Decadent recipes for dried fruit
Do you feel like 'Christmas has begun' when the fragrance of spiced fruit issues from bubbling saucepans? We certainly do!
Not that long ago, a matter of a few decades, when planes weren't
used to bring tropical fare to supermarkets throughout the year, dried fruit
was a valuable source of vitamins and minerals during the cold season. This winter, let's avoid those so-called
'fresh' fruits that have been flown halfway round the world and welcome dried
tropical fruits instead - delicious, healthy, slow food packed with
For all these recipes, pick Fairtrade-certified dried fruit if it's available and you can afford the extra cost. You may want to investigate Turkish or other foreign food shops for loose dried fruit: it's usually much cheaper and lighter on packaging.
Dried fruit salad (delicious any time of the day!)
Mmm, serve this cold with plain or soy yoghurt for breakfast, or warm as a nourishing treat after a hearty dinner. For something special when guests come over, it's perfect spooned over a caramel pudding or plain cheesecake with a big dollop of whipped cream. Once cooked, your fruit salad will keep in the fridge for about a week.
600g mixture of your favourite dried fruits, from ready-to-eat packs
3 tbsp clear honey
Seeds from 1 vanilla pod or ¼ tsp vanilla extract
1 Earl Grey tea bag
1 tbsp lemon juice
Put your chosen dried fruit pieces into a large saucepan with the honey, vanilla seeds or extract and 750ml of cold water. Bring to the boil and then simmer until slightly syrupy - about ten minutes should do it. Take the saucepan off the hob and carefully stir in the tea bag. Leave to infuse for another ten minutes. Put the tea bag into your food recycling and tip the mixture into a glass or ceramic mixing bowl. Pour over the lemon juice and stir well.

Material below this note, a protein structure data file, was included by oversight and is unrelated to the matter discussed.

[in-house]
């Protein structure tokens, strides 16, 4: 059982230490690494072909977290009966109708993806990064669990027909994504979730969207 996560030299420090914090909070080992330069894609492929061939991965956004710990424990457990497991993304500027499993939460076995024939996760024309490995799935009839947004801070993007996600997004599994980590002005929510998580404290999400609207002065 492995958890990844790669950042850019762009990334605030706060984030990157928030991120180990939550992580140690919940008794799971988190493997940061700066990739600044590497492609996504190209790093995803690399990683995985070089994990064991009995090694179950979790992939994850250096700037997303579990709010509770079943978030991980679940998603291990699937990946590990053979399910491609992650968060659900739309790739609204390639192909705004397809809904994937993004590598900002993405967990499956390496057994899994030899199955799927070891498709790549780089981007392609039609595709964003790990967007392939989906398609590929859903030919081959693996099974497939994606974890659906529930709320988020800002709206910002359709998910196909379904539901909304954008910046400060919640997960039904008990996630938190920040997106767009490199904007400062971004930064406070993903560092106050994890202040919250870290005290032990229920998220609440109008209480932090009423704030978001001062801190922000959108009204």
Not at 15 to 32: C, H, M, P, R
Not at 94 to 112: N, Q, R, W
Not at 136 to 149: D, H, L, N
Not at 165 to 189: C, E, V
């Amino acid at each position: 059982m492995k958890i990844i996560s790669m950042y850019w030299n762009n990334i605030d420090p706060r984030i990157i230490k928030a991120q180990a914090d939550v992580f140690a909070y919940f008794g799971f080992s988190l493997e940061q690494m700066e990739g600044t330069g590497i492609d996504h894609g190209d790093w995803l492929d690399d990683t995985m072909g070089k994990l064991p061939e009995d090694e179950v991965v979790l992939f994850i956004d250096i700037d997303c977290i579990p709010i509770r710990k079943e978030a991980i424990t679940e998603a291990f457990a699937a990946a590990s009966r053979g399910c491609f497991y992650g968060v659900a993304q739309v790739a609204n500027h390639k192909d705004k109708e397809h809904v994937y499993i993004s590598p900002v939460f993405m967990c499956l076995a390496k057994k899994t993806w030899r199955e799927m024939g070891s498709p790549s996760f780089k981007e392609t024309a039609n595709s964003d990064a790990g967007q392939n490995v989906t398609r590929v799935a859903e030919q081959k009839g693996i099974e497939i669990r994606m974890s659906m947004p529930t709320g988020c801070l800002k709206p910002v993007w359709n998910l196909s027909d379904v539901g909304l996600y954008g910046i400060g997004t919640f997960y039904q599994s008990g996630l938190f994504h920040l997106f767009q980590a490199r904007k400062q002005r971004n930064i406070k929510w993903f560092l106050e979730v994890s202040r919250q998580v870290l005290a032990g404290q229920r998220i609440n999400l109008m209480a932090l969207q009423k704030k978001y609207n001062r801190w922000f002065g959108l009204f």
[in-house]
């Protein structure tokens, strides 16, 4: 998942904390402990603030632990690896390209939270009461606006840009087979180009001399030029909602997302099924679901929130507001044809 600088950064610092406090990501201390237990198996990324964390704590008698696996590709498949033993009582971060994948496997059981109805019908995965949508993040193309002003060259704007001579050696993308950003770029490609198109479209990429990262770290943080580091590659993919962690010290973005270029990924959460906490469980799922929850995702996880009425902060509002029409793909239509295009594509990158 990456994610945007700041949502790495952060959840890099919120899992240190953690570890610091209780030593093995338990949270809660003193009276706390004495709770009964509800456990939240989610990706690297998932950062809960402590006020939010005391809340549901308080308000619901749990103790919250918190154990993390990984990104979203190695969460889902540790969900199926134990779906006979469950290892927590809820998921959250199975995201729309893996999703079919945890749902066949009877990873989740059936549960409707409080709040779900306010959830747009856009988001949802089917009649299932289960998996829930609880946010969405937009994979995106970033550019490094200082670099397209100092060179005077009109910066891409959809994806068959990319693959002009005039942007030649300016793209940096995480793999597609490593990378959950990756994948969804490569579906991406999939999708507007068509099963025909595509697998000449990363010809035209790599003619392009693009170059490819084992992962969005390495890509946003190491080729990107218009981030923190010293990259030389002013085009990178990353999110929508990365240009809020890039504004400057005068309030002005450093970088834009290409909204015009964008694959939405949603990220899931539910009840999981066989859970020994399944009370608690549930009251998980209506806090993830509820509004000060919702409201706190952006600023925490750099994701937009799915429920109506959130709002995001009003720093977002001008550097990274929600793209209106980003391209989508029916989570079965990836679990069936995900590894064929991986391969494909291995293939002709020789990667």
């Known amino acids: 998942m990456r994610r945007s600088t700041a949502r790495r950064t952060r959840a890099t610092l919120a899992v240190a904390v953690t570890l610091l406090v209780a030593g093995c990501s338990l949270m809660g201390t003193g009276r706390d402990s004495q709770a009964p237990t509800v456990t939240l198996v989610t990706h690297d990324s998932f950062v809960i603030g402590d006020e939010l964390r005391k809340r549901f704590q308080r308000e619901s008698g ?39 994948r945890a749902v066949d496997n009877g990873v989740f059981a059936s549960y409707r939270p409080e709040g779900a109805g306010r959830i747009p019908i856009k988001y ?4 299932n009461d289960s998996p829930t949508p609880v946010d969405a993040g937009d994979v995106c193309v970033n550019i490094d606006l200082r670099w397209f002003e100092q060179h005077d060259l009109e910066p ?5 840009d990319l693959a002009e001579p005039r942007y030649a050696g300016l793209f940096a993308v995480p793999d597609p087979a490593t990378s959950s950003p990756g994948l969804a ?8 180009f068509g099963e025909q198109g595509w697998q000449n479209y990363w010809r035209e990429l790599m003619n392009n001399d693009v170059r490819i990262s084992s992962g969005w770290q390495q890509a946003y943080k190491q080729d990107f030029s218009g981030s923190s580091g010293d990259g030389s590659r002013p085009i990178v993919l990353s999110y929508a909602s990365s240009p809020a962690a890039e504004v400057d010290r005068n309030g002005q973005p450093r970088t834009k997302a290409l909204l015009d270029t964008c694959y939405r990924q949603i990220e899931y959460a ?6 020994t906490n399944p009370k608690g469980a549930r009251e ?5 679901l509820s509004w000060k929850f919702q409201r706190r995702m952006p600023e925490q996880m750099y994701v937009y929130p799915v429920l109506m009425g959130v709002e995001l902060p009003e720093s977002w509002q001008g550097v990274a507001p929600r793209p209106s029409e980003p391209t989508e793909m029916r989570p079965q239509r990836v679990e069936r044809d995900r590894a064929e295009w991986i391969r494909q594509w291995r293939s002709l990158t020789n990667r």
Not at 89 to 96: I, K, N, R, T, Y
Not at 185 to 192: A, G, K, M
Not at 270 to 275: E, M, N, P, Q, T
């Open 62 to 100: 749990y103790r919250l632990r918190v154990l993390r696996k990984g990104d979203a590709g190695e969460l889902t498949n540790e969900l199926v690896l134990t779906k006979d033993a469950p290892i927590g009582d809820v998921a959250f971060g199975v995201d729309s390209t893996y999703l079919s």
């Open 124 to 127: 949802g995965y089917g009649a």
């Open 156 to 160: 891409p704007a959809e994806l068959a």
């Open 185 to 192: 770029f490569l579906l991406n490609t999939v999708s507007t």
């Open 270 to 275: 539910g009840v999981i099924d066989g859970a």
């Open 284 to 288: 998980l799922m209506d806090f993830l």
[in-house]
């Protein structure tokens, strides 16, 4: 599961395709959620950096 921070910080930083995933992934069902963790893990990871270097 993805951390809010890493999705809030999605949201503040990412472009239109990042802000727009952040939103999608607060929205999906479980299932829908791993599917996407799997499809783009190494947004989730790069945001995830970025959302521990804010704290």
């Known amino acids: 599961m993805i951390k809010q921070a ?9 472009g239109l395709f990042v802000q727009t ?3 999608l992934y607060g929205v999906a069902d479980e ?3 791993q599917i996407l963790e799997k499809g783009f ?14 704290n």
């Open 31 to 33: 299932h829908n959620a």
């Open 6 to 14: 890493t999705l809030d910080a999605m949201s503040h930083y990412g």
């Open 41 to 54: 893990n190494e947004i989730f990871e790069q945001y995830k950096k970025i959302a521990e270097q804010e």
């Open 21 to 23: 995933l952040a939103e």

Dried fruit chutney (great gift or save for the Christmas cheeseboard)
The smell of this cooking is intensely wonderful! Save this recipe for a dark and gloomy evening - it will cheer you up no end. Can be kept open in the fridge up to a week ahead of festivities, or preserved in sterilised, tightly sealed jars for up to a year.
1 small onion or shallot, finely chopped
1 tbsp fresh ginger, peeled and finely chopped
1 tbsp coriander seeds
200g dried apricots, roughly chopped
250ml apple cider vinegar
50g dried figs, roughly chopped
50g prunes, roughly chopped
50ml dark molasses
Salt and pepper
Heat a deep saucepan over a medium hob and pour in a tablespoon of vegetable oil. Once the oil is warmed through, add the onion/shallot, coriander, ginger and stir for about a minute until you start to smell the amazing fragrance. Put in the rest of your ingredients with about 400ml cold water and a good seasoning of salt and pepper. Bring to a simmer and cook, adding more water if too thick, until the fruit is soft and the liquid has almost completely evaporated. Let cool before storing or preserving.
Macerated dried fruit (soooo useful!)
This is easy! Simply combine your dried fruit with a complimentary liqueur in a jar and leave to soak at least overnight - preferably a week so the liqueur takes on the flavour of the fruit and vice versa.
The macerated fruit is useful in all kinds of rich winter recipes and keeps in the fridge for up to three months. Try these for a Christmassy treat:
· Mix with maple syrup and pour over Scotch pancakes
· Spoon over vanilla ice cream
· Mix into a basic sponge cake batter
· Add some of the infused liqueur into your mulled wine
· Use the liqueur to set light to your Christmas pudding
· Pour over ice for a stiffener for a stressed cook on Christmas Day!